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One of the most traumatic events to witness is a pet that is having a seizure. Even though most of them last only a minute or two at most, they seem to go on forever.
It is helpful in making a diagnosis if you carefully keep track of the pattern of your pet’s seizures by marking on a calendar when they occur and a description of what took place. It is important to differentiate a seizure from other problems that can cause a loss of consciousness and look similar, notably heart and breathing diseases.
When a seizure occurs one will usually observe the following signs, sometimes alone or in combination:
- Stiff muscles followed by rhythmic contractions or running motion
- Facial twitching and chomping of the jaws
- Urination, defecation and extra salivation
If your pet is experiencing a seizure it is important to minimize the chance your pet will hurt itself. Move furniture or other objects that can cause injury and keep children away. Do not put your hand in its mouth if it turns blue because it will not swallow its tongue. The blue color will go away when the seizure subsides.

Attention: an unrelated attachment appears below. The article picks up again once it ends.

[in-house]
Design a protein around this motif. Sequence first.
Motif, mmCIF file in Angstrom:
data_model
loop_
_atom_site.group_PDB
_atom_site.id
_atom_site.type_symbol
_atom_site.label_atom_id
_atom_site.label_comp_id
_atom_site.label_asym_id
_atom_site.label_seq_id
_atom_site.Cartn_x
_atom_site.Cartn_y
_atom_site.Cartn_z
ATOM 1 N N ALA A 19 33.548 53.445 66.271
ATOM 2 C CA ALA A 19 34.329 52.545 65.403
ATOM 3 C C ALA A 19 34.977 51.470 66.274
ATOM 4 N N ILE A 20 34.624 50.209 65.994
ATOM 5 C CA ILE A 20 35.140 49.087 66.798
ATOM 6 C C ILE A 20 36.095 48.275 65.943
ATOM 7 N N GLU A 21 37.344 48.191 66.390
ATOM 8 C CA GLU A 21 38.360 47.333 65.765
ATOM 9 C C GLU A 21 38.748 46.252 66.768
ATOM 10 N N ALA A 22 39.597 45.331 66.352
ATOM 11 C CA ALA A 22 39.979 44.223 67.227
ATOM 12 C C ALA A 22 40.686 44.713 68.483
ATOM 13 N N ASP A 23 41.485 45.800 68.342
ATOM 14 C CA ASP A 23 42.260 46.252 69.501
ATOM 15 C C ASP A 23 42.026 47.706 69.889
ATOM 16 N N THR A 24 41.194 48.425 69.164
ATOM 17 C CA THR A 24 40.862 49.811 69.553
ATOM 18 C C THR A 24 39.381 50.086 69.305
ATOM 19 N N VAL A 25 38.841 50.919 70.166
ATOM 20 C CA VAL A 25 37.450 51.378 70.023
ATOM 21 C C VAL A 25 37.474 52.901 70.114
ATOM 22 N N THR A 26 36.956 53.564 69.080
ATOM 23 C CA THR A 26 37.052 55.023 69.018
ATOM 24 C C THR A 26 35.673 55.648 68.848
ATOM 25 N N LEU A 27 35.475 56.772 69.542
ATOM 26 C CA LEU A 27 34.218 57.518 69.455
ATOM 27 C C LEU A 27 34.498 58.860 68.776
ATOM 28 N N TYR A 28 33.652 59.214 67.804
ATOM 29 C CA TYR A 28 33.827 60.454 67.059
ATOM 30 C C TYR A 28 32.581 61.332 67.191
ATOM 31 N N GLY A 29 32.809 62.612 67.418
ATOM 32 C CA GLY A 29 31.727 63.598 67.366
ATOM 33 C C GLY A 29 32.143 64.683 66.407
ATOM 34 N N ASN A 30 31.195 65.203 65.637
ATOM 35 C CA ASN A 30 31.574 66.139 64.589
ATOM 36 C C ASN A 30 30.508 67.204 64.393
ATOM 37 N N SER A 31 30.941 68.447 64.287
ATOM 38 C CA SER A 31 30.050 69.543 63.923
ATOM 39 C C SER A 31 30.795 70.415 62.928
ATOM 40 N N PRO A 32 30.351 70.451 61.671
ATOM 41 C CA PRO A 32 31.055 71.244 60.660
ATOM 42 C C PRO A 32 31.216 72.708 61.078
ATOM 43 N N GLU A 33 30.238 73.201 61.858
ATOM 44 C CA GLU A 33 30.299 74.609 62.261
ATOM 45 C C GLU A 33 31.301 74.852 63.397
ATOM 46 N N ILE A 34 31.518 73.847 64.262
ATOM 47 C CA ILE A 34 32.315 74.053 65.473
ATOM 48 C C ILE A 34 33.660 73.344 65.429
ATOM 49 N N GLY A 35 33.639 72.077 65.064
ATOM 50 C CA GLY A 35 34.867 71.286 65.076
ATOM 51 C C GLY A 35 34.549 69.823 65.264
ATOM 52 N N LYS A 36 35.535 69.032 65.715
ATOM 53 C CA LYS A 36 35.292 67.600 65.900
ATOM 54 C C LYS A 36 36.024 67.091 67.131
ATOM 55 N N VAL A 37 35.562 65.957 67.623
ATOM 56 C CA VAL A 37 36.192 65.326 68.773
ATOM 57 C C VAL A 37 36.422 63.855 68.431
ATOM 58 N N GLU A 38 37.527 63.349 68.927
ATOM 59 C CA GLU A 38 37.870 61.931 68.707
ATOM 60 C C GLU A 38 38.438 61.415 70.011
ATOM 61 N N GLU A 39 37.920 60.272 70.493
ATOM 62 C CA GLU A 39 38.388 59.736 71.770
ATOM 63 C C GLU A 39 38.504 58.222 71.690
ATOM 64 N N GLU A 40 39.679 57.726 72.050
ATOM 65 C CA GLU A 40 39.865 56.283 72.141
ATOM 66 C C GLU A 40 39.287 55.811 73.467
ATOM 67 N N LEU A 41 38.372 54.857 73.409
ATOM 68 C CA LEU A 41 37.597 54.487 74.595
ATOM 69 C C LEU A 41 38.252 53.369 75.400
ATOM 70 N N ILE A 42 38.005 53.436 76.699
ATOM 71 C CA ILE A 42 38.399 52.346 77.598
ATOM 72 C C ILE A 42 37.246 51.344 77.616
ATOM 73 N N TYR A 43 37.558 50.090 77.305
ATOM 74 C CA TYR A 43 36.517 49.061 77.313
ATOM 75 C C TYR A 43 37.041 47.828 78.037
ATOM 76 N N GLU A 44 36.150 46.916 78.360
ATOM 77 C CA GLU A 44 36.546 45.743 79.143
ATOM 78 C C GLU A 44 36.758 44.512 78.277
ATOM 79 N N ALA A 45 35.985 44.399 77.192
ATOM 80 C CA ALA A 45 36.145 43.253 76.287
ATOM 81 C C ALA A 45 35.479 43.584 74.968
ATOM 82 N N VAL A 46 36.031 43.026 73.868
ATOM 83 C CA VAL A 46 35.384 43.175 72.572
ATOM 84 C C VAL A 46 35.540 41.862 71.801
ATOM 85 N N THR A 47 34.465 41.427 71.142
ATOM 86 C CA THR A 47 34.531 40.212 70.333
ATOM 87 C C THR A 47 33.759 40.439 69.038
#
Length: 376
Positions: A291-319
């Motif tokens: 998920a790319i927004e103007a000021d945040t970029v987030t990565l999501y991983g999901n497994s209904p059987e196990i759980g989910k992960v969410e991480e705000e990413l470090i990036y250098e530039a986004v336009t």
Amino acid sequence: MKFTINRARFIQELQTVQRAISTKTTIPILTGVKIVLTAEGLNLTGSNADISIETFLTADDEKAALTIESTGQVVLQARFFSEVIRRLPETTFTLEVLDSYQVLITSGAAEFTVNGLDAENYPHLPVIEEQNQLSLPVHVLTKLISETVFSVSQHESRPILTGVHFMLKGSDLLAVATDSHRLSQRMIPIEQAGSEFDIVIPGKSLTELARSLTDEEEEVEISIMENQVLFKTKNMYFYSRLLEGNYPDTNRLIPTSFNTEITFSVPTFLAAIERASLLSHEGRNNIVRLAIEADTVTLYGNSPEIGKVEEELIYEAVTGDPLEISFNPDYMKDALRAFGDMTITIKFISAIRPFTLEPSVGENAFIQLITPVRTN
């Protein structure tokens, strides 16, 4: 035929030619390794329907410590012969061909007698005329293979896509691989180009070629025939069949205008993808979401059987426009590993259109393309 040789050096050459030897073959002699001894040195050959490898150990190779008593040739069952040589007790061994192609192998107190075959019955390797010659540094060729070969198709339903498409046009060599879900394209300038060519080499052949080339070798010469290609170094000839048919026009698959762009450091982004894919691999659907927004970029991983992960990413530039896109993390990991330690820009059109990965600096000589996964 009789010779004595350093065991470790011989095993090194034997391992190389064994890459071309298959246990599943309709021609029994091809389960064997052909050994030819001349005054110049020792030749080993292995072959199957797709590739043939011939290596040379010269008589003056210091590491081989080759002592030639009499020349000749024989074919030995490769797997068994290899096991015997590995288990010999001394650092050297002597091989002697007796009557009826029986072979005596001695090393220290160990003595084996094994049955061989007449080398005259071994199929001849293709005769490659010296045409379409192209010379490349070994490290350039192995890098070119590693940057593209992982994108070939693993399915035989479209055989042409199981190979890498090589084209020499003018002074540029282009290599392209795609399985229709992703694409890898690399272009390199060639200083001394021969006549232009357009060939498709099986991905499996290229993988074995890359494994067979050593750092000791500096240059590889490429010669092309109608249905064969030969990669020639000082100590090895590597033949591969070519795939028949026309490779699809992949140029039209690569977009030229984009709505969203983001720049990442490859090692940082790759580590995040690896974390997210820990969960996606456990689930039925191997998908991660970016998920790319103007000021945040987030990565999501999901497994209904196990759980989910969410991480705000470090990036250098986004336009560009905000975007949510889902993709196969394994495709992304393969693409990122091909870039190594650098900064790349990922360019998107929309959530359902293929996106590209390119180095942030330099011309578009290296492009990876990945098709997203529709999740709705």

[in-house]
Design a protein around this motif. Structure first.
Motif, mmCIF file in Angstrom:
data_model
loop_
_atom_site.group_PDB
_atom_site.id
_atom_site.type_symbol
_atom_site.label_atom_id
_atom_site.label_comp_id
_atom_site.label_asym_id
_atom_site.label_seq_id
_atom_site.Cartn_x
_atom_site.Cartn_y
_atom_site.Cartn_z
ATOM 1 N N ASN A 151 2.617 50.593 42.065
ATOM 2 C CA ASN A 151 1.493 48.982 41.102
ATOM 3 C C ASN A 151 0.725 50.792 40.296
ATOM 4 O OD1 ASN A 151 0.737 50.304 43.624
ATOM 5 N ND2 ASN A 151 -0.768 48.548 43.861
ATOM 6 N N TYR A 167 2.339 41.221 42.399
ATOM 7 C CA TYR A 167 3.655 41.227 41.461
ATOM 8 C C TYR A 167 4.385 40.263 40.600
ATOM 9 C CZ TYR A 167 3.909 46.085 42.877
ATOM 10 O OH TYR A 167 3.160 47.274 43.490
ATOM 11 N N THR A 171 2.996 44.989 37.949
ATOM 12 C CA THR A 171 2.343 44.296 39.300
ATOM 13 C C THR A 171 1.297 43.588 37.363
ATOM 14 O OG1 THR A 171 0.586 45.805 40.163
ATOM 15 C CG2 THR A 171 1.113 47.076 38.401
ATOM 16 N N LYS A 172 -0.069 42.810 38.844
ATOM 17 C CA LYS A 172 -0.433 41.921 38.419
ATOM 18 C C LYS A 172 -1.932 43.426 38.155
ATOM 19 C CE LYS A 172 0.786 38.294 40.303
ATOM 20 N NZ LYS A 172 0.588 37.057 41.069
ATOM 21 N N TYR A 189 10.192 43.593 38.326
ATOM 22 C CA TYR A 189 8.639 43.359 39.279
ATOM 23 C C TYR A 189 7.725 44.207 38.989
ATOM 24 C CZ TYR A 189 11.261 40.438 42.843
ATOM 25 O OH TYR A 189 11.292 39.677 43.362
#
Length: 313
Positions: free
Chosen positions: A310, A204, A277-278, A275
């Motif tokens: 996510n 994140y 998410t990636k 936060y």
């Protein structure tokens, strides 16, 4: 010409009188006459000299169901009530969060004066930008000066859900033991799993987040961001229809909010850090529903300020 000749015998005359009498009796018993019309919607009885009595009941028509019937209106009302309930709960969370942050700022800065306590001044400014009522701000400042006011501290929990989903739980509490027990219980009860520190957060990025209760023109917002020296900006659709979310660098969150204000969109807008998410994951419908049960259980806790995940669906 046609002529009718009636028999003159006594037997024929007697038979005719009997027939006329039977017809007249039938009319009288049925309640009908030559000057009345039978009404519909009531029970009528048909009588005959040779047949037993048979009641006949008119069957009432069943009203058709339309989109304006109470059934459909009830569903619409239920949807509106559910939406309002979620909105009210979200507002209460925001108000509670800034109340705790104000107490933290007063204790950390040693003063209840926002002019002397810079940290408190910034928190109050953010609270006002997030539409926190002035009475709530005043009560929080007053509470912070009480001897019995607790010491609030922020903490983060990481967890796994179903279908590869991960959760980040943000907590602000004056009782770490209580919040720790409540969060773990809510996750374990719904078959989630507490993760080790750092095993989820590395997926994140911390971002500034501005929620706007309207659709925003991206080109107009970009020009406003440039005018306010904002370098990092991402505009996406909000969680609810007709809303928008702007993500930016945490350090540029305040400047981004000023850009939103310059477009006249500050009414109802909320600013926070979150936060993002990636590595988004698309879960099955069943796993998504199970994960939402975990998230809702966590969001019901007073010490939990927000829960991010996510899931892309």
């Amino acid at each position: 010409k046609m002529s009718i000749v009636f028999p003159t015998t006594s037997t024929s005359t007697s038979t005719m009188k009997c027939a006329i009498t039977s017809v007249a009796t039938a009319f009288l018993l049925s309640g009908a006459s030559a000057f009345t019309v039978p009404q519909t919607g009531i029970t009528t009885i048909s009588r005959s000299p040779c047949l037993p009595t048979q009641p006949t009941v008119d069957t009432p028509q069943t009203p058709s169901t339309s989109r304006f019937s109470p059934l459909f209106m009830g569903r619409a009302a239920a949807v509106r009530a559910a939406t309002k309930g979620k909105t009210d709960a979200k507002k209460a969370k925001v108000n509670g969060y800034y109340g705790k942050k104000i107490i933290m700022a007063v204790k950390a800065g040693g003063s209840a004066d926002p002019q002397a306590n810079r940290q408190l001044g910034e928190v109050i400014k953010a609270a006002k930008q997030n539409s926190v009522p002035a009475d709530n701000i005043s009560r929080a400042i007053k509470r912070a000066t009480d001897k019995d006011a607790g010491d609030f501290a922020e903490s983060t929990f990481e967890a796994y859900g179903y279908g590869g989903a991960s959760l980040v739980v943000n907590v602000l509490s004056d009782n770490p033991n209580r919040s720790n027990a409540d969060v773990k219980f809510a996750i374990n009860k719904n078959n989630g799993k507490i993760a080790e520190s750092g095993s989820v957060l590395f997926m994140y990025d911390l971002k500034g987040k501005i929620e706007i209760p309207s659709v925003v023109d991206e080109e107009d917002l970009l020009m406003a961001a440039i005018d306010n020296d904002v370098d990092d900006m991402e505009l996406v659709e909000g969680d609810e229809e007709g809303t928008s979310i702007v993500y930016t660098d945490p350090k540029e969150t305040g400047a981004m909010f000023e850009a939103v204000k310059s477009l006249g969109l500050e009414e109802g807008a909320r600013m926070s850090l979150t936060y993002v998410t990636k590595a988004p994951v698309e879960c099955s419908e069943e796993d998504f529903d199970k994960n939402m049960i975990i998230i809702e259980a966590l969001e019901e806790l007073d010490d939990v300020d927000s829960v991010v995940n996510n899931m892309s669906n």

Most seizures rapidly run their course and your pet returns to normal in a short period of time. If the seizure does not subside, or repeats itself in a short time, then your pet needs immediate veterinary care to stop the seizure. Fortunately, this is a rare problem.
A veterinarian should examine any pet that has a seizure since there are a multitude of causes, including epilepsy. Several different types of diagnostic tests will be recommended depending on your pet's breed, age, physical exam findings, and pattern of seizures. Sometimes a diagnosis can be made with a simple blood test, other times sophisticated tests like brain wave scans and MRIs are needed.
Depending on the diagnosis, your pet might be given a specific treatment to cure the problem, or put on anticonvulsant medication to control the problem. The most common anticonvulsant medication used is Phenobarbital. It will be used for the rest of your pet's life. The blood level needs to be checked every 6 months to ensure we are at the proper dose; this is easily accomplished with a blood test.
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